It’s been a few years since I started blogging and I’m sure a lot of my original readers have noticed a huge, huge change in writing style and substance, as well as the many shifts in post subjects. Furthermore, as a testament to my complete inability to dedicate myself to anything, I have two game guide/translation projects on indefinite hiatus, probably never to be resurrected again. Still, reminiscing on all that makes me feel a little sad, because today I’ll be closing the blog.
Lately, other things in life – college in particular – have, are, and are continuing to keep my busy and I don’t think I can contribute that much time and effort into posting anymore, as evidenced by my last post which was weeks ago. Maybe I’ll still lurk on Twitter and chat on IRC, but blogs… no thanks.
It’s been a fun time with you guys. I’ll see you around sometime.
I’ve only heard about this from Diego‘s post, actually. I never knew there was such an event. As such, the man does indeed deserve praise for his works, which, while sometimes lacking in a few aspects, never fail to stir up some form of emotion within the viewer, be it of happiness, melancholy, marvel, or even anger. I’ve noticed that on the first viewing of any of his films, I become drawn to the story, rather than the emotions. The plot, rather than the characters. The general flow, rather than the details. As such, I do believe that, like a good wine, partaking in each film becomes more and more enjoyable the more we watch it. You begin to notice the small details, or, knowing the story, you begin to feel for the characters and their situations much more than you would in your first, second, third viewings. Perhaps this is one reason why I seem to favor these types of films over the mainstream films of today – mindless action and violence – that only serve to pump one’s adrenaline before quickly flatlining at the end, never to be viewed again. But I digress.
Though I’ve tried to secure legit copies of all 4 of his films – She and Her Cat, Voices of a Distant Star, The Place Promised in our Early Days, and 5 Centimeters per Second – I’ve had no luck with the third, and thus cannot fully simulate the Shinkai Film Fest. After a little bit of searching, I was able to acquire a copy of it, however, and will proceed to watch all of them thusly. For those who don’t have copies, Crunchyroll also seems to be streaming the movies for free for its members. Apparently, a dub for 5cm is also present, but I’m not really big on dubs, even if they were supervised by Shinkai himself. Perhaps I’ll just take a quick peek to see what it sounds like. Of course, for those who can watch it in better quality, I highly suggest you do. The breathtaking scenery he paints in his films is beyond incredible. And kudos to those who’ve got Blu-ray versions. I certainly can’t play them.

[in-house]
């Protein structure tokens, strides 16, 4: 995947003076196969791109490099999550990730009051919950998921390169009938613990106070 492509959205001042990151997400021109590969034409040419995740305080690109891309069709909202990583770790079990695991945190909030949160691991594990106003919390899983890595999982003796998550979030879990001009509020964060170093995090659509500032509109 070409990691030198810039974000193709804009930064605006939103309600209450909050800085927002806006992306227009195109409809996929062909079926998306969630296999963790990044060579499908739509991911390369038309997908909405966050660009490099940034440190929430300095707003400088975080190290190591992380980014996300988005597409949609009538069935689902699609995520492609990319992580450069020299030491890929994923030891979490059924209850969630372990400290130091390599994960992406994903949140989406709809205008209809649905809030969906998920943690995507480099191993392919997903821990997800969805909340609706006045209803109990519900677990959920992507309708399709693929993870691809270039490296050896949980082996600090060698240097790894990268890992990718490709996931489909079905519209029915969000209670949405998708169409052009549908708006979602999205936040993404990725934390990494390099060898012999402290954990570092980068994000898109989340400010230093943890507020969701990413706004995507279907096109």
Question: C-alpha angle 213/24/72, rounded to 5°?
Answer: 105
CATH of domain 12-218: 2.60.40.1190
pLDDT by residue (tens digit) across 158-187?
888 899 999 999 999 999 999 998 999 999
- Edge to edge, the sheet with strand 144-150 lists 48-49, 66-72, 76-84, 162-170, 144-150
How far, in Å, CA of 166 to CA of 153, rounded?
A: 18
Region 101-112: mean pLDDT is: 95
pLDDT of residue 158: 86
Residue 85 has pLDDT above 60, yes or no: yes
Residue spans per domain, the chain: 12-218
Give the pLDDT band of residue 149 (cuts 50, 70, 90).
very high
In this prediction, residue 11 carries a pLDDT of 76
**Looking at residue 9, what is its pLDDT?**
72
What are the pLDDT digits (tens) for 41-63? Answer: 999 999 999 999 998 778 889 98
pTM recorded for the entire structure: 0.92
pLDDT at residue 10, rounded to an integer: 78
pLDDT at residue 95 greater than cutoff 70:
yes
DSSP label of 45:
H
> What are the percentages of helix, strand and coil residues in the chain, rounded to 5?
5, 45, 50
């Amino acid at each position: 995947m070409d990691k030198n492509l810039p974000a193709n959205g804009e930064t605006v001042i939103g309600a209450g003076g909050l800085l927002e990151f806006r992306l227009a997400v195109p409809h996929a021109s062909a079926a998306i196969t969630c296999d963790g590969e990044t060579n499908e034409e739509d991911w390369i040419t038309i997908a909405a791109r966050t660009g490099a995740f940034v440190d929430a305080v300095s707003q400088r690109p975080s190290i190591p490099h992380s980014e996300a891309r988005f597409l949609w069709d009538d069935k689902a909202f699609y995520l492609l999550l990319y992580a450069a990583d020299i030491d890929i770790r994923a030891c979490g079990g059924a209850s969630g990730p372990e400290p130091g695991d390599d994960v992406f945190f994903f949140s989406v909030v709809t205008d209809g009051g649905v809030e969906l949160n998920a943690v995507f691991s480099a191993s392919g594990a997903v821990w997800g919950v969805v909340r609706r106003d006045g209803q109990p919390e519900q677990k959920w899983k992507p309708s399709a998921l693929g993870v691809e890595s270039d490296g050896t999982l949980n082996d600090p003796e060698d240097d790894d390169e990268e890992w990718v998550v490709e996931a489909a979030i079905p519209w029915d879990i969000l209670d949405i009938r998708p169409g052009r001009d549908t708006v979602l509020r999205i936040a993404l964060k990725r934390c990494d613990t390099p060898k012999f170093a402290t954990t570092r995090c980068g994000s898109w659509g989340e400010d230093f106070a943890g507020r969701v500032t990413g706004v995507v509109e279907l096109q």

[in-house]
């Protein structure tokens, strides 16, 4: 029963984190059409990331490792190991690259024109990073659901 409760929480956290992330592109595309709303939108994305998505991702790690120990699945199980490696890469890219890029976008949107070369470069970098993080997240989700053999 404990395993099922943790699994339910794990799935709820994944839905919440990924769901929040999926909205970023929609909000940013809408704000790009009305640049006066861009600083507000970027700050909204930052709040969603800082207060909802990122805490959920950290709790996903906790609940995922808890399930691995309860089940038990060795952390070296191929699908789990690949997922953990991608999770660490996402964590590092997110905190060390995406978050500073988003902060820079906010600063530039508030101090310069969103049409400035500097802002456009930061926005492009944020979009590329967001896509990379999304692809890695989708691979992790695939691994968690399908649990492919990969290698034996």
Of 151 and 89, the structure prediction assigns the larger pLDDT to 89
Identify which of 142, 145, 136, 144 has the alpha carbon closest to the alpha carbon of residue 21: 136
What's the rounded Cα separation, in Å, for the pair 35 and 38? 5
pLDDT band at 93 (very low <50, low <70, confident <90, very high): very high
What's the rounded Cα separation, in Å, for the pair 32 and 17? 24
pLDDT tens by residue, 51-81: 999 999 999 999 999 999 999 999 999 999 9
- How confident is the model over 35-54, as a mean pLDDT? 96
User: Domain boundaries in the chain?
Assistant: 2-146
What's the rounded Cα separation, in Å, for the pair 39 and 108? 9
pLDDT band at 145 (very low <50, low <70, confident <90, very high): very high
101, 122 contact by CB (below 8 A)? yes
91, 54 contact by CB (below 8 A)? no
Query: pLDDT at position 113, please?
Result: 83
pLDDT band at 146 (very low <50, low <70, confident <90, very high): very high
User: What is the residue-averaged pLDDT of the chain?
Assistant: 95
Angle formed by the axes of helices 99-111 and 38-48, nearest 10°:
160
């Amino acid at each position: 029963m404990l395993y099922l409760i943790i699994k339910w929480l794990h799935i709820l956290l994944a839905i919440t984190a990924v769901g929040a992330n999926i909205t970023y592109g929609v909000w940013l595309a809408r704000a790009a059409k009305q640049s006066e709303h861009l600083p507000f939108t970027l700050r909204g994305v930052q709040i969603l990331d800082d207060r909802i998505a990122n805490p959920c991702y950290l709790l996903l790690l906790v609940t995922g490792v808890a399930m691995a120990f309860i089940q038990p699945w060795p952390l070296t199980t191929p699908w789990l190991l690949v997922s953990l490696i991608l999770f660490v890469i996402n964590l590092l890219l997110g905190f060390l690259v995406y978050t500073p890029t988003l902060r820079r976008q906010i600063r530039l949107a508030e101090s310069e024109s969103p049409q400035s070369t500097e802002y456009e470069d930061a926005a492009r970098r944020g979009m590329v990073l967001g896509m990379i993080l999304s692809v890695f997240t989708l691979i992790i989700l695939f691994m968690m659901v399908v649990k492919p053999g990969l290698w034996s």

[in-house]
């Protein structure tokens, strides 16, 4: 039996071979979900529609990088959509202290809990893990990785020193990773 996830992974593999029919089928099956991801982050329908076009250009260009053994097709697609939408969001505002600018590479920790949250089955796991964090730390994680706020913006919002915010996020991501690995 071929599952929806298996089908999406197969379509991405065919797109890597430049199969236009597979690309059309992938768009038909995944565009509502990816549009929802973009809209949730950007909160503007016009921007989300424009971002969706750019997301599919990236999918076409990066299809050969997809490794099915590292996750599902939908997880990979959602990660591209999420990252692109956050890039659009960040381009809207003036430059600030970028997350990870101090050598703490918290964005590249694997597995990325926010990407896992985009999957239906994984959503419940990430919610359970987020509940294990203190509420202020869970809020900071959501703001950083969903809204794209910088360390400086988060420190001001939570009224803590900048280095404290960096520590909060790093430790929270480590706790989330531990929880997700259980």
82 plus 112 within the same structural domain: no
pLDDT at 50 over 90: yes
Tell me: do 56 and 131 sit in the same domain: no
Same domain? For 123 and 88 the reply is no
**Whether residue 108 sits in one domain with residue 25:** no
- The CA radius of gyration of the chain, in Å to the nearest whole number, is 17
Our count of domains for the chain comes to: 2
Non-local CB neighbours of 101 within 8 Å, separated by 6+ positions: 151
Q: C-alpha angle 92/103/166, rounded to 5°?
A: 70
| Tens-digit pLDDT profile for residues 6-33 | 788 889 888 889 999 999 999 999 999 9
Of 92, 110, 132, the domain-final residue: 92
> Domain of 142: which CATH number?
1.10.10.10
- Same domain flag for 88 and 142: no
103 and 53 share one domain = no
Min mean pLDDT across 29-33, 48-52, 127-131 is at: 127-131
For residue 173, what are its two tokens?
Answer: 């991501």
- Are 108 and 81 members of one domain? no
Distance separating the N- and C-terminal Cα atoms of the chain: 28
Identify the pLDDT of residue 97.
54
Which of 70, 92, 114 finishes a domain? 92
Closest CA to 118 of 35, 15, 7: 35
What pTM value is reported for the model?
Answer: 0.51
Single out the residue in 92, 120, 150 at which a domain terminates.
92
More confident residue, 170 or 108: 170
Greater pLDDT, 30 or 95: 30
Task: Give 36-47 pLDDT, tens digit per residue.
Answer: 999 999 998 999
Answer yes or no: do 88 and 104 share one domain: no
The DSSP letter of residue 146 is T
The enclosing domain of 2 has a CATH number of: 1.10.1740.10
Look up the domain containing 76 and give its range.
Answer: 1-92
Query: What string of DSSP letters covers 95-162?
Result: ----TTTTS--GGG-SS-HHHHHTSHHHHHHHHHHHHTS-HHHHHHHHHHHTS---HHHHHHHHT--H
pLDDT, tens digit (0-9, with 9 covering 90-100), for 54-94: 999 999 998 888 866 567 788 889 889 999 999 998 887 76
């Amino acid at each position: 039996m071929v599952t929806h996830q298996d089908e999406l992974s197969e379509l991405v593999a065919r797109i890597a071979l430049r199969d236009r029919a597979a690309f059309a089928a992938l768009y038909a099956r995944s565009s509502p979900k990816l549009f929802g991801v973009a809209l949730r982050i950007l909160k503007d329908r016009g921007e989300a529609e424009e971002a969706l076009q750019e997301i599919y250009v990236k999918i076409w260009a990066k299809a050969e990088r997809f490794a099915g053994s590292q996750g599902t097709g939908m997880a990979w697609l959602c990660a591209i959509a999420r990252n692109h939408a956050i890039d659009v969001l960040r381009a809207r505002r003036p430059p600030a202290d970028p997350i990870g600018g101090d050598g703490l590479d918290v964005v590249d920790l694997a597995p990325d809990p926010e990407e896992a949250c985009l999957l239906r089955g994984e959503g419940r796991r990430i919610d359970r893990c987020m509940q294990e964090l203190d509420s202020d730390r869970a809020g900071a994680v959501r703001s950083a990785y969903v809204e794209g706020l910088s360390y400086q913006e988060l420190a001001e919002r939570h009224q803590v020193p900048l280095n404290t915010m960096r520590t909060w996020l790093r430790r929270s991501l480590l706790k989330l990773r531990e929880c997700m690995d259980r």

Here’s to Shinkai; may he produce more of his marvelous work, and may we continue to partake of it.
Pretty much both episodes of Ga-rei Zero were a collective WTF for much of the viewers, totally confused as to what the hell just happened, climaxing as this strange woman, Yomi, kills her supposed little sister Kagura. Of course, it was only a week after that we’d found out that that was what happened at the end, and as a particular lolikitsune pointed out, made for one hell of an impact for the series – that despite all the happy-happy stuff happening in episodes three onwards, everything will slowly, but surely, go to hell and nothing’s going to be able to stop that.
This scene makes Moment #12, because it puts the exclamation point right in the beginning of the sentence.
I finally trimmed down that gargantuan blogroll I have to the side. It’s about a third or a fourth its original size now. Also toying around with themes and layout so expect some weird shit to go on for a few hours to a few days. Never mind. The site’s design should hold up for a month at least.
The header ought to give you a clue on what I’ll write about next.